“There’s been a movement growing in America for several years, especially since the murder of Mike Brown — a movement against white supremacy, racism and bigotry,” said Eugene Puryear, who added that incidents in Charlottesville have exposed those hell-bent on making the country even more divided.
DCPS, Teacher’s Union Finally Agree on Contract
The Washington Teachers Union reached an agreement with the city on a new contract that significantly increases compensation for the thousands of teachers in the D.C. Public Schools system, ending a yearslong standoff.
After a long and testy battle — the union had operated without a contract since 2012 — Mayor Muriel Bowser, schools Chancellor Antwan Wilson and union President Elizabeth Davis announced Aug. 14 a tentative deal for a new contract that will increase wages by nine percent over the next two years for city teachers.
“Since 2007, the District of Columbia has blazed a trail to better schools — investing more resources in our classrooms, adding exciting new programs for our students at all levels, and pouring billions of dollars into our school buildings,” Bowser said. “Yet, for too long, our teachers have not been shown the appreciation nor presented the compensation they deserve.”
Sharpton, Clergy Push for Social Activism, Blast Trump Presidency
Thousands of people, including a cadre of faith leaders from the Reconciled Church Movement (RCM) who represent various ethnic backgrounds, joined the Rev. Al Sharpton and members of his nonprofit National Action Network (NAN) in the District on Aug. 28, the 54th anniversary of Dr. Martin Luther King Jr.’s historic March on Washington.
Their collective mission was to discuss the Church’s role in healing the nation’s racial divide and to speak out against the president’s response to recent events in Charlottesville, a spokesman said.
Sharpton said the turnout of about 3,000 people who participated in NAN’s Ministers March for Justice marked one of the largest-ever interfaith gatherings in protest of racism in America.
“[Just] as [King] marched 54 years ago, we are still marching for voting rights, health care, criminal justice reform and economic justice,” said Sharpton, who walked the two-mile stretch from the MLK Memorial to the Justice Department, the son of Dr. King, Martin Luther King III, close to his side.
Trump Blasted for Response to Hurricane Harvey
The wrath of Hurricane Harvey devastated the the Gulf Coast region in late August, sparking mass evacuations as rainfall numbers broke national records.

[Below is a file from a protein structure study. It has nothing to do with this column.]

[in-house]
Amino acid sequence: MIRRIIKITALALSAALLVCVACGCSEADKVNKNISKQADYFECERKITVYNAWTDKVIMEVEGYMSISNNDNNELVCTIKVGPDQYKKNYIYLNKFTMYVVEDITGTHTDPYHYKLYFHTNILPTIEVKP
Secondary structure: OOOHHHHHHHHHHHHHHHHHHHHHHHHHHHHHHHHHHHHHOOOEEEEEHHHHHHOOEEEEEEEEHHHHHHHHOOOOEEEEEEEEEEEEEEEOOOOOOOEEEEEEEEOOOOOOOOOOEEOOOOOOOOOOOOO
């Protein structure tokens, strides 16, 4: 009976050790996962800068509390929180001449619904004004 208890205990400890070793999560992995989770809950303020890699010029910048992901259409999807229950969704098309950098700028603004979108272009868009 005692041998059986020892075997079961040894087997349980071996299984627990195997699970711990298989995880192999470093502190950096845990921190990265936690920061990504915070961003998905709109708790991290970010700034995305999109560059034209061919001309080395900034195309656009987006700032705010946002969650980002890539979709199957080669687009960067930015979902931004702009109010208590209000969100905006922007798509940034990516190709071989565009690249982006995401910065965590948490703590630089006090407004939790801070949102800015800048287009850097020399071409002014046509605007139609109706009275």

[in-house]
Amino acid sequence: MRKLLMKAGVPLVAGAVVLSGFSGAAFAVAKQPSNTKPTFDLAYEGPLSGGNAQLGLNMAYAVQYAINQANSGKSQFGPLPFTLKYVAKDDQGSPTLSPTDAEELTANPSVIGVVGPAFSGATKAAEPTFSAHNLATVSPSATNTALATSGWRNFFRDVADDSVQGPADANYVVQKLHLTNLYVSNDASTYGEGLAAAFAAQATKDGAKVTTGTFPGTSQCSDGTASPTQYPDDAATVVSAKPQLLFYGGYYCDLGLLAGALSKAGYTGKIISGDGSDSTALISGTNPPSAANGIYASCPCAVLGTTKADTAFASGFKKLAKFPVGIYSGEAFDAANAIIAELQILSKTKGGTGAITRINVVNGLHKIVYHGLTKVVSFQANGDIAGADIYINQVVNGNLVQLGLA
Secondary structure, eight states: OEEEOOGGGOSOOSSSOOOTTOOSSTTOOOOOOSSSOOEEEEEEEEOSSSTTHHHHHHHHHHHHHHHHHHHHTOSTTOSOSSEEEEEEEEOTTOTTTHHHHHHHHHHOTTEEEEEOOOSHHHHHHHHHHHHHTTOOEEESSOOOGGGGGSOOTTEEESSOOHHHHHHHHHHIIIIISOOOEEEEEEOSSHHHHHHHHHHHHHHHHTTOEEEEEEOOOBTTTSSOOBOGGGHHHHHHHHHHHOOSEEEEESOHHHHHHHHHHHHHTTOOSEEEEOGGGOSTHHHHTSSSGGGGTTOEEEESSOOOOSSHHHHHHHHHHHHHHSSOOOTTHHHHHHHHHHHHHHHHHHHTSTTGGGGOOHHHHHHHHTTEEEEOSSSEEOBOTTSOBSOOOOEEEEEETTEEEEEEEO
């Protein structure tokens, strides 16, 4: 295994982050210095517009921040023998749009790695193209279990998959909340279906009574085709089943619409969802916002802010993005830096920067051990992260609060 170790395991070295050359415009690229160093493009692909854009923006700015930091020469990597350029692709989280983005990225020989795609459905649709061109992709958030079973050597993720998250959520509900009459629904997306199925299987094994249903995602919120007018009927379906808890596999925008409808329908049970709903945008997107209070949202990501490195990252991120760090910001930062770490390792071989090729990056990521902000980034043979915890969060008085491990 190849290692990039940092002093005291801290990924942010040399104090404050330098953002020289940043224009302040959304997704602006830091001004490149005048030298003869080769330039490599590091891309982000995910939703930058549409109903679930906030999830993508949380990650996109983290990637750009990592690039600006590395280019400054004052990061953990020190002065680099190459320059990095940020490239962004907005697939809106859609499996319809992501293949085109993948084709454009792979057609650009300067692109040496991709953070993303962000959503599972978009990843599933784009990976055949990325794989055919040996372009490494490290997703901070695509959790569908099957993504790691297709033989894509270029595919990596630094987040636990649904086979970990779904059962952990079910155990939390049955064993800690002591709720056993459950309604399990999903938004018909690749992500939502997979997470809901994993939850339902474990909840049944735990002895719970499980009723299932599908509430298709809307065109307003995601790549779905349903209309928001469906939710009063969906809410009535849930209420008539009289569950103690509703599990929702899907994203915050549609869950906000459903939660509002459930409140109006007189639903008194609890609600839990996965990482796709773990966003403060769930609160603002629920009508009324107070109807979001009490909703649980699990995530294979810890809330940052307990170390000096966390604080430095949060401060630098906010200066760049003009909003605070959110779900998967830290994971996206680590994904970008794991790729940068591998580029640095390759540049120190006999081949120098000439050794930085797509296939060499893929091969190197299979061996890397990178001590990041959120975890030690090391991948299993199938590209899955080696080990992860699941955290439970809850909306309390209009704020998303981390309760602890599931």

President Donald Trump, who visited the Corpus Christi, Texas, area in the storm’s aftermath, applauded the efforts of first responders in Texas and promised the recovery efforts would be swift and serve as a subsequent model for the world. He closed with comments about the impressive size of the crowd that turned out to hear him.
However, critics lambasted him for saying nothing to the millions of victims who remain homeless, lost or dead.
Trump Rescinds DACA Program, Ends Protection for Young Immigrants
The Trump administration has opted to end protections for undocumented immigrants brought to the United States as children, Attorney General Jeff Sessions announced Sept. 5.
Although Trump had been urged by hundreds of business, religious and political leaders to support the program, Sessions confirmed that the administration had decided to rescind the program.
“I am here today to announce that the program known as DACA that was effectuated under the Obama administration is being rescinded,” Sessions said during a press briefing. “Such an open-ended circumvention of immigration laws was an unconstitutional exercise of authority by the executive branch.”
Trump had been for months mulling a decision regarding the Deferred Action for Childhood Arrivals (DACA) program, an Obama-era initiative that allowed undocumented immigrants who came to the U.S. as children to remain in the country. His decision gave Congress six months to find a solution.
Jim Vance Fondly Remembered
The late Jim Vance has been widely described as charismatic, smooth and professional among the millions of viewers who watched the legendary NBC4 anchor for nearly five decades.
And the beat continued as several of his closest colleagues and longtime friends shared stories about Vance at a Sept. 12 memorial celebration inside the Washington National Cathedral in Northwest.
Vance’s longtime anchor partner and friend Doreen Gentzler said Vance once even attempted to distract meteorologist Bob Ryan as he presented the weather forecast when Vance pulled down his pants and mooned him in the studio.